Time for a small round-up of talks that I've been to since the last update. Kate Adie, John Lanchester and James Long provided a hugely interesting talk about the banking crisis, it's causes and consequences. All three were knowledgeable, thought-provoking and sharp, with Kate Adie posing the sort of insightful and penetrating questions that took her to the top of journalism.

David James Smith spoke without notes for a good three quarters of an hour about his experiences researching and writing his book about the young Mandela. He dared to rub some of the polish off the great man's image, revealing a man whose passion and commitment to his ideals caused much discord and strife throughout his family life. Focusing more on Mandela's wives, children and grandchildren, this was an intriguing and fascinating talk, reminding us that everyone has shadows in their past.

The afternoon session finished with Jackie Kay reading extracts from her new book, Red Dust Road and taking questions from the audience. I can't remember the time I laughed so much. From her voice impersonations to relating how she fielded questions about her sex life from her just-met Nigerian birth father, she was warm, engaging, funny and open whilst discussing issues of identity and upbringing.

Today has been notable for another reason - the rain arrived and the vibe is a lot quieter outside than previous days. More notably, it has stopped for now - which is important when one is cycling home as yours truly is later on! Other than that, the box office continues. Kate's mum has supplied us with delicious chocolate fairy cakes which we are all enjoying very much, the bookings keep coming and bits of paper continue to fly everywhere. For now, peace has once again descended and I can feel a wave of fatigue starting to lap at the edges of my being. The next event is in forty minutes and the guests will be along soon enough to shake me back to life.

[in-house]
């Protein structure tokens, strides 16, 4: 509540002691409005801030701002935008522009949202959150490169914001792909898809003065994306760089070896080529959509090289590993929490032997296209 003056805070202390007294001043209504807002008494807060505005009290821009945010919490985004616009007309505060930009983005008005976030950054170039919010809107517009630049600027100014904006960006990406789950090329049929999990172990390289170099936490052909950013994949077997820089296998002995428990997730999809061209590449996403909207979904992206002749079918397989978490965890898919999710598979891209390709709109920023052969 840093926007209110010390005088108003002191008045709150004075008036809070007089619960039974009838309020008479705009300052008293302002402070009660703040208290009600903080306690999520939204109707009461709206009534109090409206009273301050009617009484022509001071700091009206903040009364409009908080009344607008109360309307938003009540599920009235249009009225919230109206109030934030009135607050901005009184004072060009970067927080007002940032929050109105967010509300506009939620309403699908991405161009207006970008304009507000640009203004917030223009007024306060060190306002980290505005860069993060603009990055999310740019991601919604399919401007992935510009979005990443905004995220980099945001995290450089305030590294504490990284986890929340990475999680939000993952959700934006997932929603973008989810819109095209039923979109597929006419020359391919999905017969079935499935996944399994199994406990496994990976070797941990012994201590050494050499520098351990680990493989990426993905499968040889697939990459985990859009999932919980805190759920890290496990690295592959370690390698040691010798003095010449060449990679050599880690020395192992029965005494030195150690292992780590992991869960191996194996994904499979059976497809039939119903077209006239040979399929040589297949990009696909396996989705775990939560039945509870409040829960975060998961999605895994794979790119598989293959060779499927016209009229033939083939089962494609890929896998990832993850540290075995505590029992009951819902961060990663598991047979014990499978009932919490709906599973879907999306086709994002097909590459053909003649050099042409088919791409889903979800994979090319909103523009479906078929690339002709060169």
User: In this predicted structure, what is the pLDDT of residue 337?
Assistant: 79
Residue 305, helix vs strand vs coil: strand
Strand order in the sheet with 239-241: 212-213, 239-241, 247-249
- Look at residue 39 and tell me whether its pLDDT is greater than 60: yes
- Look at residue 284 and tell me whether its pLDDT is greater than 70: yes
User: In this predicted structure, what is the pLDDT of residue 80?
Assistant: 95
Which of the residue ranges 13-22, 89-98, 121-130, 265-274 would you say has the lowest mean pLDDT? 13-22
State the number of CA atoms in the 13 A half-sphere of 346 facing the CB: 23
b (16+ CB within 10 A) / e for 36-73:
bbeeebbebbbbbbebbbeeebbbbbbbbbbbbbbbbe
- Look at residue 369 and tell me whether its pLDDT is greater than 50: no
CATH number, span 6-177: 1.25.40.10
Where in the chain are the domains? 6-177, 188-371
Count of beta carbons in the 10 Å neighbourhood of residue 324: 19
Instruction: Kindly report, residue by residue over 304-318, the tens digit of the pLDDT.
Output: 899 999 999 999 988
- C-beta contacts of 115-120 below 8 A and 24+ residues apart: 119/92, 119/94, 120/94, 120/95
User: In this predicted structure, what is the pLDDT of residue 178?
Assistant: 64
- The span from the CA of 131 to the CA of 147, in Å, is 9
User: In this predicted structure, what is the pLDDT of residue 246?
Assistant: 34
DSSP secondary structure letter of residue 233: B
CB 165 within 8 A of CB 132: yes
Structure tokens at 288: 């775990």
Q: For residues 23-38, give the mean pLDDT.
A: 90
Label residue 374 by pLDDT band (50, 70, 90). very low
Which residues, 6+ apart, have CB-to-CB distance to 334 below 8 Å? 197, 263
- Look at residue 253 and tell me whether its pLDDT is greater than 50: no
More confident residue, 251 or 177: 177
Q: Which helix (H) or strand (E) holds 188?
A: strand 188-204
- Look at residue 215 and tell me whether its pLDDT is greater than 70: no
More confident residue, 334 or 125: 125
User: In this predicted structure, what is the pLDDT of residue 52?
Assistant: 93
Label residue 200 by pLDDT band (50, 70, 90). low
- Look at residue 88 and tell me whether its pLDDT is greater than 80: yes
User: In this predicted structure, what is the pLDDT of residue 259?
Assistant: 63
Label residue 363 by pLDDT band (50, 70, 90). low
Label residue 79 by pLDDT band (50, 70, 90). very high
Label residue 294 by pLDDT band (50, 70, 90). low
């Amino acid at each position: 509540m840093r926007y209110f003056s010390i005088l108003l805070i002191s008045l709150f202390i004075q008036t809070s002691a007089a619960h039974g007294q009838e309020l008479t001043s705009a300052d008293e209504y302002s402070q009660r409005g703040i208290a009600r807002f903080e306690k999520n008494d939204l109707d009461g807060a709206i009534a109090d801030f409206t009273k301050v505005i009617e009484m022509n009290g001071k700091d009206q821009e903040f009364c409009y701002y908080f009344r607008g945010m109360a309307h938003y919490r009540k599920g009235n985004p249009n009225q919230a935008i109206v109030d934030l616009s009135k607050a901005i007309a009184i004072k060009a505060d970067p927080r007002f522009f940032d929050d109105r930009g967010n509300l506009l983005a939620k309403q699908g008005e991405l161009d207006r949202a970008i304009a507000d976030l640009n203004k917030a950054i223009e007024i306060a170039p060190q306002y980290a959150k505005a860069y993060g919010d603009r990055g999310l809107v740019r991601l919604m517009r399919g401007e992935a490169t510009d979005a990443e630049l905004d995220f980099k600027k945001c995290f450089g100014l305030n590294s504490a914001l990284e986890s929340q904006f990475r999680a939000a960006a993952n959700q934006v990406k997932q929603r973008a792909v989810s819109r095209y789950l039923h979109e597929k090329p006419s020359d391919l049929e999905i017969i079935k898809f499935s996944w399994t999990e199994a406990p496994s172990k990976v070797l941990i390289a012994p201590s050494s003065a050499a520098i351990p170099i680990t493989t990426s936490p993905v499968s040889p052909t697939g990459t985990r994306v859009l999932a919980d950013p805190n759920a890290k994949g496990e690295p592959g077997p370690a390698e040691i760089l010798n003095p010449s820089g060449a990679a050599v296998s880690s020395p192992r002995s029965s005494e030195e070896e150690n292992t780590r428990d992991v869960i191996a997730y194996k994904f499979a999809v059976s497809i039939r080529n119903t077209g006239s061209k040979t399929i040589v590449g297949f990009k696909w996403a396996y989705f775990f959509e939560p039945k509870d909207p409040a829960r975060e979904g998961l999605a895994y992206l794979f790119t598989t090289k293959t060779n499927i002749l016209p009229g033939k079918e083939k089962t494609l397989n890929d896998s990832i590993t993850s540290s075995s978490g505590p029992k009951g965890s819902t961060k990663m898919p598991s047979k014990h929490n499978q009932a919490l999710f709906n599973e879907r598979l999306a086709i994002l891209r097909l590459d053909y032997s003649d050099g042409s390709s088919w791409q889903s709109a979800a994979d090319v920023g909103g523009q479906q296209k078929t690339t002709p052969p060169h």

Monday, 12 July 2010

And the show goes on...

Day four is underway at Dartington Hall and we've seen some fantastic talks already in the Great Hall and Barn Theatre.

Friday was lively under bright sunshine: although the festival didn't open until 12, the lawn was dotted with people relaxing in the deck chairs waiting and the office was bustling to say the least! I took a break from the heaving box office to head over to the launch party in the private gardens where wandering minstrels were entertaining Friends and special guests drinking local Sharpham wine. Before long, the queue for Joan Bakewell was snaking round the courtyard - everyone was eager for the 19th Ways with Words to get underway. Michael Dobbs, Roy Hattersley, Michael Bird, Alexander Maitland, Sue Shephard and Martin Amis completed the schedule for Friday. At 6.30, I left with my parents who had emerged, very impressed, from Roy Hattersley's talk for a birthday dinner; that's right, Launch Day was also known in the office as Fi's Birthday!

Saturday brought yet another job for me - stewarding. From my post on the balcony in the Great Hall I herded guests along rows, prevented them from traipsing through the writers' dining room and kept a watchful eye out over the audience whilst listening to the talks - which is an upside to dealing with folks who don't particularly want to "move along".

I was underwhelmed by Giles Coren, and disappointedly so. I love his writing but I'm in two minds about his book. I thought it didn't do him justice, falling into the commercial, turn-you-into-a-celeb-and-show-you-off category; I preferred it when I had to seek out his columns. As much as I enjoyed listening to him - his articulate wit and intelligence still shone through - I thought his talk lacked direction, instead meandering loosely around an image of Giles that has been constructed mainly on the basis of one incident and sculpted as such. As so often happens, but I felt Coren was above this.

PD James with Penelope Lively was a breath of fresh air. Intelligent, insightful and completely in touch with the modern world and open to progression. At almost ninety, this was all the more impressive - and welcome.

Surprisingly, my favourite event was the session on bereavement with Barbara Want and Blake Morrison. It was chaired impeccably by Joan Bakewell, who guided the discussion sensitively and involved the audience as much as possible. What followed was a powerful, moving session that I suspect was very cathartic for many of those who attended.